Asthma is a chronic disease of the respiratory system that requires intervention for short-term relief and long-term control. There are a variety of medicines available to treat asthma. It’s very important for people suffering from asthma to be informed about the different medications to control their disease. Your asthma changes as you age and as your routines change so does your medication. Taking the right medicine at the right time helps you breathe better and live with fewer asthma symptoms.
Nebulizer, inhaler, and bronchodilators; what do all these terms imply in asthma medications? Most people are confused about the categories, types and form of asthma medication. But did you know that all these three terms can refer to the same medication? So be informed about the categorization of asthma medication to help you understand your condition better.
Types of asthma medications
Asthma is characterised by chronic airway inflammation. The difficulties in breathing in asthmatic patient occur as the inflamed airways swell, tighten, and produce excess mucus. Hence, the main aim of asthmatic treatment is to reduce the inflammations and helps the widening of the airways to help to breathe. Thus, there are two general types of asthma medications depending on its functions.
Anti-inflammatory drugs particularly inhaled steroids, are the most important treatment to reduce inflammation and prevent flare-ups in asthma. Anti-inflammatory drugs work by reducing swelling and mucus production in the airways. Consequently, the airways will become less sensitive and less likely to be exacerbated by triggers.
Other anti-inflammatory drugs besides steroids are leukotriene modifiers (eg: Montelukast) and mast cell stabilizers that block inflammatory causing chemicals. Immunomodulators, a more advanced anti-inflammatory drug, block the antibody that triggers the immune response, making the airway to be less sensitivity to inhaled allergens (substances causing allergy).
Bronchodilators relieve the symptoms of asthma by relaxing the muscles in the lung and widening the airways (bronchi). This helps to open up the airways to ease breathing. The most widely used bronchodilators are beta-agonists, anticholinergics and theophylline.
Categories of asthma medication
Both anti-inflammatory drugs and bronchodilators are used either for long-term control or acute attack. Your doctor will determine the right combination of drugs to address the respective treatment goal. Hence the aforementioned drugs are used as:
● Long-term asthma control medications
Also known as controller medications, it controls chronic symptoms and prevents asthma attacks. Because of its preventive function, some of these drugs should be taken daily even when there are no symptoms present. Others are taken on as needed basis to reduce the severity of an asthma attack.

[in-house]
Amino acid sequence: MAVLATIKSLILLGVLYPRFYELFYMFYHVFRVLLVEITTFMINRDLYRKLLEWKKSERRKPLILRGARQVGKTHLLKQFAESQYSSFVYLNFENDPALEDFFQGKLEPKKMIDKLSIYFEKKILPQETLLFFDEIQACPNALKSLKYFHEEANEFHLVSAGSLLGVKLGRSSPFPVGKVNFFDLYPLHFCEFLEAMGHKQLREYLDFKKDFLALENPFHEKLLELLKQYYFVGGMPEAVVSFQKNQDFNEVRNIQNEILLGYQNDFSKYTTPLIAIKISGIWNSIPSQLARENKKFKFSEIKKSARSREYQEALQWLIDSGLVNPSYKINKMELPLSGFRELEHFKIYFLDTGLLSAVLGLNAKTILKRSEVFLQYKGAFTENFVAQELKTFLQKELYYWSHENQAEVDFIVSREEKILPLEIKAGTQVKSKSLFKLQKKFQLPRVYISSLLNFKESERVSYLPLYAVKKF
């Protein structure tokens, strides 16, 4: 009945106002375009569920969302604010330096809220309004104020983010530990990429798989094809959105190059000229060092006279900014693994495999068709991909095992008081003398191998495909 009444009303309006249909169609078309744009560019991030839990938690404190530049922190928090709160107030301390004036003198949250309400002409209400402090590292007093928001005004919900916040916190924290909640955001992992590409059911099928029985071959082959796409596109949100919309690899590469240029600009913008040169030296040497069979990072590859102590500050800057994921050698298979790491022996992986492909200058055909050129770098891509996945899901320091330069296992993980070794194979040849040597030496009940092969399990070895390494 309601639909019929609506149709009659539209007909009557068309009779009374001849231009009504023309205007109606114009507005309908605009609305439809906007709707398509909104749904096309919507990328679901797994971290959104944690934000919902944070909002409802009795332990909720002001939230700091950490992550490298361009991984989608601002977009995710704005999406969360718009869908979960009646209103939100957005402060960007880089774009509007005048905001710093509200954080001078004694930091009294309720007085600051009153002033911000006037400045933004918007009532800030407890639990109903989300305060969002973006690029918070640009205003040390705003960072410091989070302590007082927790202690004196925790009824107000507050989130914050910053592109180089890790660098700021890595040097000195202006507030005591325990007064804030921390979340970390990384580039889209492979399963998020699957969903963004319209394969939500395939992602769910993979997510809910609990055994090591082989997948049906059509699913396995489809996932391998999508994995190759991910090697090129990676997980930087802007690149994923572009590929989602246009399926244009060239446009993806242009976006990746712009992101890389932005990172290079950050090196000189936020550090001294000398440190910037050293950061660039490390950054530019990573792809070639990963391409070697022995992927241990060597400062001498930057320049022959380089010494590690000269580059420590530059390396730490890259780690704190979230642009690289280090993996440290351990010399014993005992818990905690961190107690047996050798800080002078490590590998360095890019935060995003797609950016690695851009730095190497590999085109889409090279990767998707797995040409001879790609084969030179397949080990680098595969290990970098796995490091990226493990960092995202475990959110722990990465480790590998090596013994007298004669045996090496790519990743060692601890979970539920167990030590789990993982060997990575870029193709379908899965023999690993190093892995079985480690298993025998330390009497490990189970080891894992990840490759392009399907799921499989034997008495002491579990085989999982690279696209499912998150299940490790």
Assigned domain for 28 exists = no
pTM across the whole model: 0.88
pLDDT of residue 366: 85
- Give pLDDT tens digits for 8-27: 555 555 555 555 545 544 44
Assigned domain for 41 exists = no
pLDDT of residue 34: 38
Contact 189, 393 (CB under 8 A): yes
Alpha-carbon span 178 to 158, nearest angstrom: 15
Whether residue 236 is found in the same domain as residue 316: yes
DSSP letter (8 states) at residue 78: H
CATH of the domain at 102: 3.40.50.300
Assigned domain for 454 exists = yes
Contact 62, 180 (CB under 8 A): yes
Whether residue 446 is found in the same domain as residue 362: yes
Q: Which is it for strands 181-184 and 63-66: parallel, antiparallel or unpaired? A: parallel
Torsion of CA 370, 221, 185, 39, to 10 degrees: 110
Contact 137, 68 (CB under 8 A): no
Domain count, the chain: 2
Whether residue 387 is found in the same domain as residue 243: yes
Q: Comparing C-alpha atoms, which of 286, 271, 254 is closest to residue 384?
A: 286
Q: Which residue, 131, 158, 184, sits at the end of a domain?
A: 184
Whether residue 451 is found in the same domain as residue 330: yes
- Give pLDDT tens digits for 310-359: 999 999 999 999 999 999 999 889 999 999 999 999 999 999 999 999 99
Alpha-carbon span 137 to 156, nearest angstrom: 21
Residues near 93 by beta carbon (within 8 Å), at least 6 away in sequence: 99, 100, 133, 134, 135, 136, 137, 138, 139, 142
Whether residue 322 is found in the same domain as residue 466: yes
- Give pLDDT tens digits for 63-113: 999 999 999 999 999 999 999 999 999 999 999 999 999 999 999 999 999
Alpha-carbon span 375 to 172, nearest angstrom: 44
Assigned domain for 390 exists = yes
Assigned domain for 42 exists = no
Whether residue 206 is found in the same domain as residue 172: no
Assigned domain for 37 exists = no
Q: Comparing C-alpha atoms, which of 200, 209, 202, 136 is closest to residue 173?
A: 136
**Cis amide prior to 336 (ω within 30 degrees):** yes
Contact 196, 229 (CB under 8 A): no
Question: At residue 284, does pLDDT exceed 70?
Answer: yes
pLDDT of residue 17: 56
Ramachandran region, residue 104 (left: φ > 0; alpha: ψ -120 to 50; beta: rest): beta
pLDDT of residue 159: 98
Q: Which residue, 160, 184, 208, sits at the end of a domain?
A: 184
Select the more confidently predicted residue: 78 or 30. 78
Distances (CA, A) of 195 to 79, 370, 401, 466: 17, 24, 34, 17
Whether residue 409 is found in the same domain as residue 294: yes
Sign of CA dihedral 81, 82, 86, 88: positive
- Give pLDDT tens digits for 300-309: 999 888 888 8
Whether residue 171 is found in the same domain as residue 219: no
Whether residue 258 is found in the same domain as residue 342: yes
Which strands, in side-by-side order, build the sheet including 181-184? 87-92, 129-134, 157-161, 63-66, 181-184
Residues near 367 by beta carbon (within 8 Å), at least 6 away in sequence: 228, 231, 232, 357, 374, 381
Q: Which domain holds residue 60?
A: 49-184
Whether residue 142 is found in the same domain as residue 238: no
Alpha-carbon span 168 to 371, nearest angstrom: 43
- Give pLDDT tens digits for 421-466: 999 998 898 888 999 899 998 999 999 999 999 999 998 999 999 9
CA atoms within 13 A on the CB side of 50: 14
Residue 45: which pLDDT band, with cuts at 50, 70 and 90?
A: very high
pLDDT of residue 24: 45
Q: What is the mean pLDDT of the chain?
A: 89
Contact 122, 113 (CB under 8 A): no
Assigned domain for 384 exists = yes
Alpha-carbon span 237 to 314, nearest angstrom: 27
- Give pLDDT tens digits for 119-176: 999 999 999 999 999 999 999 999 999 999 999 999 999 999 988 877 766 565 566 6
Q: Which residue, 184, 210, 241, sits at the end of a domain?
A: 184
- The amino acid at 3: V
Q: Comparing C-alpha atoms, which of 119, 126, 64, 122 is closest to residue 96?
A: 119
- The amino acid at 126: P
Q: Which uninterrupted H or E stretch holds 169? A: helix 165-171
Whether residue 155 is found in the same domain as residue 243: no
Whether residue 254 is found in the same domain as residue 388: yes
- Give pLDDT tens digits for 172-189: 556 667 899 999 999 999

This included: Inhaled corticosteroids, leukotriene modifiers, long-acting beta agonists (LABAs) and Theophylline
● Quick-relief medications
Also known as rescue medications, it is taken as needed for rapid, short-term relief of asthmatic symptoms by relaxing the muscles around your airway. If your asthma is well-controlled, you would not need to use rescue medication frequently. These medications included: Short-acting beta agonists, anticholinergics (Ipratropium) as well as oral and intravenous corticosteroids (for serious asthma attacks).
● Medications for allergy-induced asthma
This medication is taken regularly or as needed to reduce your body's sensitivity to a particular allergen. This includes allergy shots (immunotherapy), immunomodulators as well as other allergy medications such as antihistamines and decongestants.
Forms of asthma medications
Whether you are using both bronchodilators and anti-inflammatories as long-term or quick-relief medications, you will be taken the medications in one of this three form:
● Inhaled form:
Either using a metered dose inhaler, dry powder inhaler, or a nebulizer. Some inhalers deliver one medication and others mix two different medications to get the drugs to your airways quicker.
Nebulizer converts medication from a liquid to a mist and is typically used for infants, small children, older adults, or anyone who has difficulty using inhalers with spacers.
● Oral form:
These are taken by mouth, either in pill or liquid form such as oral corticosteroid used as quick-relief medication and theophylline pill as long-term control medication.
In asthma triggered by allergies, allergy shots and immunomodulator is given by injection for long-term control medication while theophylline and corticosteroid injection can be given if symptoms are severe.
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